IP Decisions Abound At The Supreme Court In Spring 2014
After leaving the realm of intellectual property law alone for decades, and allowing the Federal Circuit 25 years of mostly undisturbed jurisprudence, the United States Supreme Court has strongly reestablished its presence over the past eight years. This year especially, the Court will hear a wide array of patent, trademark and copyright cases, setting the stage for 2014 to be a banner year for Supreme Court IP decisions. Now, more than ever, successful and effective IP practice will require close observance of the high court's activity. To help, a synopsis follows of each case decided, or to-be-decided, in 2014.
CAN LACHES BE APPLIED WHEN PLAINTIFF IS WITHIN THE STATUTE OF LIMITATIONS?
On January 21, the Supreme Court heard oral arguments in Petrella v. MGM, a copyright infringement action involving 1980 boxing movie, "Raging Bull." In its forthcoming opinion, the Supreme Court will address the applicability of laches to copyright infringement claims brought within the statute of limitations.
Laches is an equitable defense that bars a plaintiff's unreasonably delayed claims. In Petrella, the daughter and heir of screenwriter Frank Petrella sued Metro-Goldwyn-Mayer Studios (MGM) in 2009, alleging that the "Raging Bull" film constituted an unauthorized exploitation of Petrella's derivative rights.
Although Petrella was asserting her rights nearly 30 years after MGM released the film, she sought damages only for acts of infringement occurring within the three-year statute of limitations set forth in the Copyright Act, i.e., from 2006 to the filing of her complaint.
Nonetheless, the Central District of California, and subsequently the Ninth Circuit, held that Petrella's claim was barred by laches. Both courts agreed that Petrella's delay was unreasonable, and that the delay prejudiced the defendants, both from a commercial and evidentiary standpoint.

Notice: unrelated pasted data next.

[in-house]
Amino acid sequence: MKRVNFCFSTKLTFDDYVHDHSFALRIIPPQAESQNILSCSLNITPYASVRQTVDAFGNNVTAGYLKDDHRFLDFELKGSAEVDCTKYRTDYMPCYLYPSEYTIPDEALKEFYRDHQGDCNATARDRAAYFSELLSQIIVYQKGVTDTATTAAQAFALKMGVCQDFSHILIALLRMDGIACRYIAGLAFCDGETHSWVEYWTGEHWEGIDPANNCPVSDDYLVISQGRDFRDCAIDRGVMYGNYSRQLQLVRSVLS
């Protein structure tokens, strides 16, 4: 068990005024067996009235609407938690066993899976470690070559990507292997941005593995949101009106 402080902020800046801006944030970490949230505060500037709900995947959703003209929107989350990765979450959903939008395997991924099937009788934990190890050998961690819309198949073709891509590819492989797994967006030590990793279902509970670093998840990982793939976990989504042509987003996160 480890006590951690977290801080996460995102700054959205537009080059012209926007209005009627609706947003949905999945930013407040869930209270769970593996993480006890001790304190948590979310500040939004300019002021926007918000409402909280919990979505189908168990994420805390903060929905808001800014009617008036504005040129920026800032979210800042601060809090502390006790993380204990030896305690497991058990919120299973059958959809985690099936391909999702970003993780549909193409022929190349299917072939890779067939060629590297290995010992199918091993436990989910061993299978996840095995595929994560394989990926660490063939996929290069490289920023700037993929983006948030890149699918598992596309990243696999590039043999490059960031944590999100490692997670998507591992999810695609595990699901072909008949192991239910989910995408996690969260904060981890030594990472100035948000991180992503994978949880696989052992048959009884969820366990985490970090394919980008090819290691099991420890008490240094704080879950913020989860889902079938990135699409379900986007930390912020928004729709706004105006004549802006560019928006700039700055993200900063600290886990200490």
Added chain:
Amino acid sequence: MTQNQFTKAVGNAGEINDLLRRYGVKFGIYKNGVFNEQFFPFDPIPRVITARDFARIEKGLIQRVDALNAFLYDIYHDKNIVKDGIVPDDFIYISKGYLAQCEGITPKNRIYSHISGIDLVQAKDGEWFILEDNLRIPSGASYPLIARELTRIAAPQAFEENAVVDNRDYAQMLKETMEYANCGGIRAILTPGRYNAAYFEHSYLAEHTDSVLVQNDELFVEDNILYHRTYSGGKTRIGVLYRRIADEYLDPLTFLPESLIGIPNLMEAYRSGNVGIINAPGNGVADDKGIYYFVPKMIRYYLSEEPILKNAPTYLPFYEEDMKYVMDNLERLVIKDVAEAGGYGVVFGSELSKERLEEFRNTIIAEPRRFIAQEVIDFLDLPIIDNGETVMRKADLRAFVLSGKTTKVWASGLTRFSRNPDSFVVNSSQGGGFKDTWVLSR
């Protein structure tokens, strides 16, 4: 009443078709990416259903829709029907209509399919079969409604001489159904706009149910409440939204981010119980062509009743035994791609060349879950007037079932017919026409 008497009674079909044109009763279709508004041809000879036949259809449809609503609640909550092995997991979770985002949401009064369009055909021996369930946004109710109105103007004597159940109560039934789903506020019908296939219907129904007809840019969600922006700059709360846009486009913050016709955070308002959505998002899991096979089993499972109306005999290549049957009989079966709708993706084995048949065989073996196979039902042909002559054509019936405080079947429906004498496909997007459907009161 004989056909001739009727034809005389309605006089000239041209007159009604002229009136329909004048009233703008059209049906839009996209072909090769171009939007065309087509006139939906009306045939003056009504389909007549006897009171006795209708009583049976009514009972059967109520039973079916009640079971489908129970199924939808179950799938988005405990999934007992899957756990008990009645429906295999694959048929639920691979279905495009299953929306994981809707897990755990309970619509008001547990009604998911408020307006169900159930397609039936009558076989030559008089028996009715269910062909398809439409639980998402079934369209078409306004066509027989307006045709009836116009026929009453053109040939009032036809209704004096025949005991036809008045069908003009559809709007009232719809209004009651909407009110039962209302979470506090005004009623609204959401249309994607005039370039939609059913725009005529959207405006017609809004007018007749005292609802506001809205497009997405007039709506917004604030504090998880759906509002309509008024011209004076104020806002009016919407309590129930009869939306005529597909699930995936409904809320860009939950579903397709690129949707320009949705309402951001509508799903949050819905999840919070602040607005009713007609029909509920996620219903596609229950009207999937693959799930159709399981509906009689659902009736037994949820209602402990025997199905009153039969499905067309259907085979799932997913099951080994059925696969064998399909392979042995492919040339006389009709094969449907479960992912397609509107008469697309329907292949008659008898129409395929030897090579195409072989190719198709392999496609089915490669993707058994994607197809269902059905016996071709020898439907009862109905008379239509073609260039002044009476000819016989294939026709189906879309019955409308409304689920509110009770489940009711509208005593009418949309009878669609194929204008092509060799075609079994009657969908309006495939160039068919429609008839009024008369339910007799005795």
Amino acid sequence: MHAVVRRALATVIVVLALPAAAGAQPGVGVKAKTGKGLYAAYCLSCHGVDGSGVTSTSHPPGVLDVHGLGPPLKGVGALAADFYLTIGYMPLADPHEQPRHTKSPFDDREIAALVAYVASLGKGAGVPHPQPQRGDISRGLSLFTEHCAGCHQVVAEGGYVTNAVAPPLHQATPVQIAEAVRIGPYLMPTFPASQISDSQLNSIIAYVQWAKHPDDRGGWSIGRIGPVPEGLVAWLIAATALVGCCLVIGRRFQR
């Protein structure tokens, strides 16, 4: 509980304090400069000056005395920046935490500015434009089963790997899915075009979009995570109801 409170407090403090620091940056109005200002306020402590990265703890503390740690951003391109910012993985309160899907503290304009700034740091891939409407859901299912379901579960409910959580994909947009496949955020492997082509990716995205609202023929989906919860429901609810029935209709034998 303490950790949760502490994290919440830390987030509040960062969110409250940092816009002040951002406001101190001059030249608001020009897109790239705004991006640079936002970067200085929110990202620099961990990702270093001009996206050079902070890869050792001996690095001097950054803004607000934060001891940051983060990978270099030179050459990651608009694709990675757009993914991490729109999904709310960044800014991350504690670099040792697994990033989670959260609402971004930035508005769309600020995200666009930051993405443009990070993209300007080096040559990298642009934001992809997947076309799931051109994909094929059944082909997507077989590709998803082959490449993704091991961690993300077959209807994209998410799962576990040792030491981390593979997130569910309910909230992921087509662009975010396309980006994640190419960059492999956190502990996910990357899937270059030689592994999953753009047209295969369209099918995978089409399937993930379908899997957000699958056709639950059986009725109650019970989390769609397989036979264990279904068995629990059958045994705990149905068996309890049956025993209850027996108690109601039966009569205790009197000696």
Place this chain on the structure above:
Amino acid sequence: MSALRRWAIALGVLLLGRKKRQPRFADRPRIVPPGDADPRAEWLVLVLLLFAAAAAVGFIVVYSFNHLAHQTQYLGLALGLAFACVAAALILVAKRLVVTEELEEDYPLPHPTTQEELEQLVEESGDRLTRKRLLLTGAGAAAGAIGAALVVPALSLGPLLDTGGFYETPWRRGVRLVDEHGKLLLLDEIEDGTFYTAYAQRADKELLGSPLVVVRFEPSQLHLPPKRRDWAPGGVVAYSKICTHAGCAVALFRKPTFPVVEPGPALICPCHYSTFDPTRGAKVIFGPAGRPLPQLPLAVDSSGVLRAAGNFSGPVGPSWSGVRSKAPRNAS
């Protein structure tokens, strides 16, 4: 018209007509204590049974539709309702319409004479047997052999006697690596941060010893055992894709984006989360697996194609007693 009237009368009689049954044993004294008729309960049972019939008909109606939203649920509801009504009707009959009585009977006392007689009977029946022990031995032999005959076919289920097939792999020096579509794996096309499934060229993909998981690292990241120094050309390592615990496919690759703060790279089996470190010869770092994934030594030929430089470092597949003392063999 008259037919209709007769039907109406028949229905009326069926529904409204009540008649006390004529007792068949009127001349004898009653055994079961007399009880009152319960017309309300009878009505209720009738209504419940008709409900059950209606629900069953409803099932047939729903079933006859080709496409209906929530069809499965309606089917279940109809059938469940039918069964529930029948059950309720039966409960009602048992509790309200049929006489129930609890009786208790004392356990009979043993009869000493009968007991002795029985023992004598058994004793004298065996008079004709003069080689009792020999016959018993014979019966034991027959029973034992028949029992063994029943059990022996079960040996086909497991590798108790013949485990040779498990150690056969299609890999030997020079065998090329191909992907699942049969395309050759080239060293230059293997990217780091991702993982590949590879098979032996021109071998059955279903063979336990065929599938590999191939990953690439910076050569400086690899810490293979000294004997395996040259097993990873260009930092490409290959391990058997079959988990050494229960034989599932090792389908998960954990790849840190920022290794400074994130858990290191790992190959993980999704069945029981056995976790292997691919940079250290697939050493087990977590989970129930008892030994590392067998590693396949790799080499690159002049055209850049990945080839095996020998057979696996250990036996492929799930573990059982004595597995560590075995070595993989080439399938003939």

At oral arguments in January, the Justices actively debated Congress' intended purpose for the three-year statute of limitations provision, and whether Congress' purpose was distinct from the underlying policy objectives of laches. Furthermore, the Court considered, if laches and the statute of limitations can in fact coexist, should laches bar the plaintiff from obtaining injunctive relief, damages or both?
The high court appeared divided, reflecting a stark division that currently exists among federal appellate courts: the Fourth Circuit completely bars defendants from asserting laches within the statute of limitations; the Eleventh Circuit allows laches during the statutory period only for retrospective (not prospective) relief; the Second Circuit allows laches only for equitable (not legal) relief; and the Ninth Circuit allows laches without restriction.
The decision, expected in June, is highly anticipated amongst copyright owners, particularly those in the film and music industries, where copyright owners often assert their rights years after the alleged infringement.
PATENTEES ALWAYS BEAR BURDEN OF PROVING INFRINGEMENT
On January 22, the Supreme Court began its year by unanimously reversing the Federal Circuit in Medtronic v. Mirowski Family Ventures. The high court held that the burden of proving infringement remains on the patent owner, even when a licensee seeks a declaratory judgment of noninfringement. The decision, authored by Justice Stephen Breyer, substantially benefits patent licensees, who, upon showing declaratory standing, may now force the licensor to prove that a licensed patent covers the licensee's products, and do so at a time and forum of the licensee's choosing.
As a general rule, the patentee always carries the burden of proving infringement; but at the case below, the Federal Circuit carved out an exception in the limited circumstances where a licensee files declaratory judgment against its licensor. In those cases, the three-judge panel held, the licensee must prove noninfringement, rather than the patentee proving infringement.
The Supreme Court quickly rejected the Federal Circuit's burden shift, first taking a statutory approach and pointing out that the Declaratory Judgment Act has only procedural, not substantive, impact. The burden of proof is a substantive matter, and a burden shift a substantive change, and thus, the burden shift was legal error.
The Court also rejected the Federal Circuit on policy grounds, opining that the new exception would cause post-litigation uncertainty about the scope of the litigated patent. If the declaratory judgment had a different burden than its corresponding coercive action, the Court explained, the declaratory judgment action would have no claim preclusive effect over the later action. Instead, the parties would be forced to relitigate the entire infringement allegation, and the declaratory judgment action would fail to achieve its intended purpose of providing an "immediate and definitive determination of the legal rights of the parties."
The respondents expressed concerns that, without the Federal Circuit's exception, licensees could easily "force the patentee into full-blown patent infringement litigation . . . at [their] sole discretion." The Court countered that those circumstances are...
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